Got a job in London… in 72 hours!

Future comes without warning. It shows up one day in that way, just like future is. And you’d better be prepared for it. Because even if you are given a time frame, it can be short: “you have a job interview in 3 hours, put on a suit!”. And you look for the suit, you really do, as Javier López (CEU-UCH Architecture alumni) did, less than a year ago. And it rains because you are in London, but however it looks like your future is coming out of the clear blue sky. What Javier told at that job interview fits exactly with what he’s telling us here. It was more than enough for the McBains architecture consultancy executives. It was a Monday the first day he went to the offices. He had arrived to the City the Wednesday before, to make his way. Now he’s been almost a year working for them.

“Not long ago, I asked my bosses what did they see in me. They told me they had never interviewed anybody so enthusiastic about working and with such a good attitude”, he tells us from London, while he’s putting the final touches in a presentation for an office building at Wimbledon. He says he had an “impressive” luck, although that just explains the surface of the story.

Getting to the heart of the matter, there’s a way of looking at life, that he acquired at the ESET: “I learnt at University the perspective that sees the world as a whole and not as a set of small pieces with uncrossable frontiers”.


Under that luck surface, there’s also a lot of effort: “During my last year at University, I took English classes with a native teacher. That last year was specially hard. My girlfriend and I had decided to go abroad. I knew that one of the strongest points that could differentiate me from the rest of people who just finished their studies was to get a Master’s degree and to specialize in BIM”.

There are even other kind of sacrifices: “I sold the car that my grandfather gave me as a gift, in order to pay for the trip and have some money for funding my endeavor”, tells Javier. His English teacher gave him the contact details of a person working at architects recruitment. Javier talked with him, and learned a very fruitful lesson: “He told me that if I wanted to work in London, I had to be there, I had to take the risk of travelling without a job and then seeking from there; he encouraged me and gave me his contact in case he became aware of any job offer”.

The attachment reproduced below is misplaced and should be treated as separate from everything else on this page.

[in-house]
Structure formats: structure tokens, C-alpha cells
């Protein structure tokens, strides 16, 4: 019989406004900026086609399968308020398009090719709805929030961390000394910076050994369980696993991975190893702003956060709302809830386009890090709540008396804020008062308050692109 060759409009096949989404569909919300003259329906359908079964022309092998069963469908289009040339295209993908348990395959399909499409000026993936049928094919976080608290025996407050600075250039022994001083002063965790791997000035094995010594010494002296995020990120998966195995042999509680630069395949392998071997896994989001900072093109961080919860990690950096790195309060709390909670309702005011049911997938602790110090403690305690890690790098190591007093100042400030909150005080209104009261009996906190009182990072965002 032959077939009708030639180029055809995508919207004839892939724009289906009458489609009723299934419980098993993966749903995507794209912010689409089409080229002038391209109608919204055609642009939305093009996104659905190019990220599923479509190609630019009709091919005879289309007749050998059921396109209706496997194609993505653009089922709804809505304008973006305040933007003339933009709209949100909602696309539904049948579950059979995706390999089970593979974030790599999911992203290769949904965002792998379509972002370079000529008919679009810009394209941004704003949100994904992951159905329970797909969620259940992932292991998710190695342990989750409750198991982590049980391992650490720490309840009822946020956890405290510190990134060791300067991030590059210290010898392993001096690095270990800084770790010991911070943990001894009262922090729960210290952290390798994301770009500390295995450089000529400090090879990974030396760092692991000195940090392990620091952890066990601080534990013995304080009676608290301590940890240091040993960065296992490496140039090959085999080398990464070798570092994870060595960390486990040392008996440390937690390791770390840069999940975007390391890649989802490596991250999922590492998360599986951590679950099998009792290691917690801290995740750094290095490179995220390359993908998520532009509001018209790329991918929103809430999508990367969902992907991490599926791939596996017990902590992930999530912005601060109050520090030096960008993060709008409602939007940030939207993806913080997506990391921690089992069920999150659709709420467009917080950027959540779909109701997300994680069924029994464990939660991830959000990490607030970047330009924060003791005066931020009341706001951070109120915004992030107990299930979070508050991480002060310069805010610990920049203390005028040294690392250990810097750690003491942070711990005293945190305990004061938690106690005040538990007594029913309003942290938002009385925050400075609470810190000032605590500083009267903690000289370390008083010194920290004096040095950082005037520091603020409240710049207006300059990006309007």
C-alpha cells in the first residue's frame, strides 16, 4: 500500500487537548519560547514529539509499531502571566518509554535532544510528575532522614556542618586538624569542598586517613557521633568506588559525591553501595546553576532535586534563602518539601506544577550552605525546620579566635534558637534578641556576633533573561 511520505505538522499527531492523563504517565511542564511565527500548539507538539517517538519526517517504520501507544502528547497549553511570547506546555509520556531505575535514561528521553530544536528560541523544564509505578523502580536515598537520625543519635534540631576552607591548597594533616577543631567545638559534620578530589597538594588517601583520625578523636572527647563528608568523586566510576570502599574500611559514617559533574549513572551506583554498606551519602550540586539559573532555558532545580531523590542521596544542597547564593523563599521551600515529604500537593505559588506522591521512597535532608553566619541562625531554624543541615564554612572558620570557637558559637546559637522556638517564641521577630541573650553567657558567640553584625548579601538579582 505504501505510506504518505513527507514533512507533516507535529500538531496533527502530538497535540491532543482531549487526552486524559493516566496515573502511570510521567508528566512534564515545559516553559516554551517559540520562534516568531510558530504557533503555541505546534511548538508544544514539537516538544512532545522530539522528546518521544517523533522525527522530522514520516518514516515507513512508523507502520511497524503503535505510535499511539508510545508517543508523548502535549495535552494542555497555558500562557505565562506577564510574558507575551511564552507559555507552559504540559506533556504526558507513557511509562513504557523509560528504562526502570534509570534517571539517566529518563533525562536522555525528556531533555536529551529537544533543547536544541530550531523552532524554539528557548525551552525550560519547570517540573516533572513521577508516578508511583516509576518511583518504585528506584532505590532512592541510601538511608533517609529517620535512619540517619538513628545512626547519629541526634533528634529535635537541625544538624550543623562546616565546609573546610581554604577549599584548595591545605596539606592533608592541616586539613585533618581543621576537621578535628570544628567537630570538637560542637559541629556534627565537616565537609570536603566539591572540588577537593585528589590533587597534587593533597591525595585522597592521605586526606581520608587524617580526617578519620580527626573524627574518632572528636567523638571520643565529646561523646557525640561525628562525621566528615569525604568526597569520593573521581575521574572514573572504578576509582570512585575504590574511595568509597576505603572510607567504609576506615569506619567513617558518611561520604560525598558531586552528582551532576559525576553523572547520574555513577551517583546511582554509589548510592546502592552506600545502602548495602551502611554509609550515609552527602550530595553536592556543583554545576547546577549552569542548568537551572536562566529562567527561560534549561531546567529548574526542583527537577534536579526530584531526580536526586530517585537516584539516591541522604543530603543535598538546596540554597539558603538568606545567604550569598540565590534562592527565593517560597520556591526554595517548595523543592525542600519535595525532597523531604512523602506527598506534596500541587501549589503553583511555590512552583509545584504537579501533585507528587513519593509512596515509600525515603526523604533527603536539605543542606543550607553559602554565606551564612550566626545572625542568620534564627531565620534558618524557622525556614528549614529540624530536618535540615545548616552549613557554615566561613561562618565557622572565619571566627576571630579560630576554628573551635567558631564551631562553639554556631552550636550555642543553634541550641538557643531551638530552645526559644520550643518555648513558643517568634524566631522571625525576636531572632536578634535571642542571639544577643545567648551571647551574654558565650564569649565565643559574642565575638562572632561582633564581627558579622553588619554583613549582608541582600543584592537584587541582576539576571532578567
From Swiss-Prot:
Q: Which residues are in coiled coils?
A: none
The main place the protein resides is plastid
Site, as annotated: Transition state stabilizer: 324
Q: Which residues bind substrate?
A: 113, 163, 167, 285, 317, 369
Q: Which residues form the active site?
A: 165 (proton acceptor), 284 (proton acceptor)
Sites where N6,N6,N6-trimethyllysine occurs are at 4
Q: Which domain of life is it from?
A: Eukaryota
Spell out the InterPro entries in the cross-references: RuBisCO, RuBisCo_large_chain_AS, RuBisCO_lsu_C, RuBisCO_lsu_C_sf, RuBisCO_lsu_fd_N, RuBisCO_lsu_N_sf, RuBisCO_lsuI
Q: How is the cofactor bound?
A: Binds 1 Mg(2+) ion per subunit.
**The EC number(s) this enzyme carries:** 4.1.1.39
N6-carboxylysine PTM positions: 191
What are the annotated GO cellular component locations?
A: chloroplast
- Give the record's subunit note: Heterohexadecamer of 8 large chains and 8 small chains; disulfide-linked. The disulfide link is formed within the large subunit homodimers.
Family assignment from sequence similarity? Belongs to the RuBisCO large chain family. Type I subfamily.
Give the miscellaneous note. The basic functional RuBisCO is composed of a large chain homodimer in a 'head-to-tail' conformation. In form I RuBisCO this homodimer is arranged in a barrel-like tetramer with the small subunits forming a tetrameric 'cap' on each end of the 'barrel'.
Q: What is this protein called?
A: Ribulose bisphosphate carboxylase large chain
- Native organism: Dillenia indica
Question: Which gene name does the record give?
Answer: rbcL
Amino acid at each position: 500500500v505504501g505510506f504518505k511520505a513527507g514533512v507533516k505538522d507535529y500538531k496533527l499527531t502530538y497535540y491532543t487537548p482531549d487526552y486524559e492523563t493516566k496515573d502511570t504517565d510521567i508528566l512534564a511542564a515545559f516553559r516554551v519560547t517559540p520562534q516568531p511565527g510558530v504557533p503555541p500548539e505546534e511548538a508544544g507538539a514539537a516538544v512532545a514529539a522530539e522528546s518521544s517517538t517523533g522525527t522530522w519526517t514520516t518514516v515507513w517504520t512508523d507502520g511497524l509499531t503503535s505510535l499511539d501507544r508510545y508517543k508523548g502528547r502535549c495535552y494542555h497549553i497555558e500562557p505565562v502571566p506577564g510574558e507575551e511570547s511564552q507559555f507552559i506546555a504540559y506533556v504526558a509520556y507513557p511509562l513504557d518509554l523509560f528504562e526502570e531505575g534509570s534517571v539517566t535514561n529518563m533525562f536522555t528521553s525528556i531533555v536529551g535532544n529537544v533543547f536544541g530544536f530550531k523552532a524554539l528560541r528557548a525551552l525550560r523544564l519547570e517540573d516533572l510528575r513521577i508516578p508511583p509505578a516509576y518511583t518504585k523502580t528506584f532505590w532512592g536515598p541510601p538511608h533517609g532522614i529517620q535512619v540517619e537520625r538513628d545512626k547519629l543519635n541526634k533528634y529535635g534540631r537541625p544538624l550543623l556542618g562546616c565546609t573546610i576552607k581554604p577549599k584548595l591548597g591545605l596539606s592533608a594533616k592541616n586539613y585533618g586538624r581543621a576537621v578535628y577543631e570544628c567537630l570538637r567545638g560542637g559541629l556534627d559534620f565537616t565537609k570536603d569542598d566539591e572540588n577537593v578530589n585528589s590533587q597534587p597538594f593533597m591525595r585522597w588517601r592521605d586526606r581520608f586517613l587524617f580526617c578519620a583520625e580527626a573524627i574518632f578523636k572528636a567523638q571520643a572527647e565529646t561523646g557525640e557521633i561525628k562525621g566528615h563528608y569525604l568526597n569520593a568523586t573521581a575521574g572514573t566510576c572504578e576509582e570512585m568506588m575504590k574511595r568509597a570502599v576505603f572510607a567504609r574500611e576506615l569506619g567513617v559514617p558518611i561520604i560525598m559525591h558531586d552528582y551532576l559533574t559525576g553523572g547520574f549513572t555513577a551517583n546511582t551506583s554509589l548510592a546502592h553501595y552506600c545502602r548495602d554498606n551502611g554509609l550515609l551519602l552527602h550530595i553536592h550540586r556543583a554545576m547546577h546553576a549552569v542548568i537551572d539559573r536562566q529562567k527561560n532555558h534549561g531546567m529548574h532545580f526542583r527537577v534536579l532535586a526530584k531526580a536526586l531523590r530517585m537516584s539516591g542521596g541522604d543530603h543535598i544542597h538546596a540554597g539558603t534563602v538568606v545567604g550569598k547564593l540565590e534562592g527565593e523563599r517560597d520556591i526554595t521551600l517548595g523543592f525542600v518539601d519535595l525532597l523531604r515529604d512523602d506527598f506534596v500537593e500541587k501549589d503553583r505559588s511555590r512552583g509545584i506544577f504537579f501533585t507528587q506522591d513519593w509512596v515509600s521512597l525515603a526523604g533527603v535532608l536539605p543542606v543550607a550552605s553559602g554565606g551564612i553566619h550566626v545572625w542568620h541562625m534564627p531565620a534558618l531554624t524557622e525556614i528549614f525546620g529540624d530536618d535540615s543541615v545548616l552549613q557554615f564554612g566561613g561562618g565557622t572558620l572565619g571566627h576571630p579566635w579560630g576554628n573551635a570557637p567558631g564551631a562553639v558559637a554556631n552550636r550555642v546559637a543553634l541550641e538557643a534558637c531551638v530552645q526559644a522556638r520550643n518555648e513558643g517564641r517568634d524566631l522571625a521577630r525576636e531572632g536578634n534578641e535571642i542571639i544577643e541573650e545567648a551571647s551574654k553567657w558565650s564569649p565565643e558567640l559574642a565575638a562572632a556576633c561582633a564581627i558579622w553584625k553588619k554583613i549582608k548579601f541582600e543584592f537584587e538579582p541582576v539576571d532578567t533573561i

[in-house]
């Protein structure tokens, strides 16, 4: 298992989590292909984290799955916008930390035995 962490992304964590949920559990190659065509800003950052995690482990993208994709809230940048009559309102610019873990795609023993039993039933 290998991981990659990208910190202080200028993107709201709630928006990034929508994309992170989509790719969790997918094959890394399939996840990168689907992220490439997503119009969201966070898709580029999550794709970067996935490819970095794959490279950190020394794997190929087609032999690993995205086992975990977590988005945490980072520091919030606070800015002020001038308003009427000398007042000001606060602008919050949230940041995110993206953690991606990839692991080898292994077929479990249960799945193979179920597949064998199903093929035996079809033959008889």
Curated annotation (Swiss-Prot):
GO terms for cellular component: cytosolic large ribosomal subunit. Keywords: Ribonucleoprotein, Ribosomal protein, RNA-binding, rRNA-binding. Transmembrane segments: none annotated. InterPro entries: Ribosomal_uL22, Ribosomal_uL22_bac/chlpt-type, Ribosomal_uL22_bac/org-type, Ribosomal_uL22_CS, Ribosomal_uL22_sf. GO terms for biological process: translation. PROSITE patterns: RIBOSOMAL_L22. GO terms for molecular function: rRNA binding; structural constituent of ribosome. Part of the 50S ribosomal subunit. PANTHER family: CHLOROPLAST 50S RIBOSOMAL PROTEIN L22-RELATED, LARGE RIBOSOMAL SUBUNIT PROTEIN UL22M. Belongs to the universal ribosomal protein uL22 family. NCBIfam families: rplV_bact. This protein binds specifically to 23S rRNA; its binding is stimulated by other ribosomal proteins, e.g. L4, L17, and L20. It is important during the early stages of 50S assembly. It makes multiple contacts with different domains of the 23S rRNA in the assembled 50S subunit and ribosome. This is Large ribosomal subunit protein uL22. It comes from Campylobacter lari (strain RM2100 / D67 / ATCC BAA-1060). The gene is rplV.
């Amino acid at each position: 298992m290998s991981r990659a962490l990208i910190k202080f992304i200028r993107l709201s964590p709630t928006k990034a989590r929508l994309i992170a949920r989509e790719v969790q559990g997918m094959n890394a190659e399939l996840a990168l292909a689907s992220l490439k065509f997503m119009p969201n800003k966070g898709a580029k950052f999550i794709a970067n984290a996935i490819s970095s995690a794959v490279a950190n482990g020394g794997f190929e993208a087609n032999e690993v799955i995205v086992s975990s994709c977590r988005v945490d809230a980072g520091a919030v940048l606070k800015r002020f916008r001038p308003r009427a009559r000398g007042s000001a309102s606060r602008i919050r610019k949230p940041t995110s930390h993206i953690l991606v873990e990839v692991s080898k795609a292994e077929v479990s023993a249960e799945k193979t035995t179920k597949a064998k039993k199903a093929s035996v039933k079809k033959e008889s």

At his workplace in the consultancy firm in London

And the offer arrived just when the London map they had bought didn’t have even the slightest wrinkle yet. The recruiter sent him a mail, asking if he was in the city. Javier replied affirmatively: “Then put on a suit, you have a job interview in three hours”. The rest is this story.

His current boss at the consultancy firm worked with Balkrishna Doshi winner of the 2018 Pritzker Prize: “I’ve spent these last months designing the plans for more than 50 housing units, together with other five colleagues”, says from his office.


Javier says experience has helped him to trust: “I knew I could make it, I had put a lot of effort for achieving it. It’s been a lot of changes, and all of them were very sudden, but it was worth it”. He likes to imagine that someday he will be able to tell all the challenges he met to his grandchildren (new building codes, speaking to clients in English, negotiating his house rent…), and his satisfaction when he got his first salary as an architect.

Javier and his girlfriend in London

He will do it in his own words: “Living that moment is priceless, you realize everything you did was worth it. You are doing what you really love… and you are payed for it, it’s amazing!”.

His adventure has been a success, but he doesn’t forget those who are still studying and who will take a plane someday, just like he did: “I’d tell them not to be ashamed of making mistakes. You have to overcome difficulties. To fail is part of the process when creating anything, and it’s totally necessary”.

So necessary as stories like yours, Javier. Thanks a lot and all the best!!

(translated by César Blecua, from the original post in Spanish)



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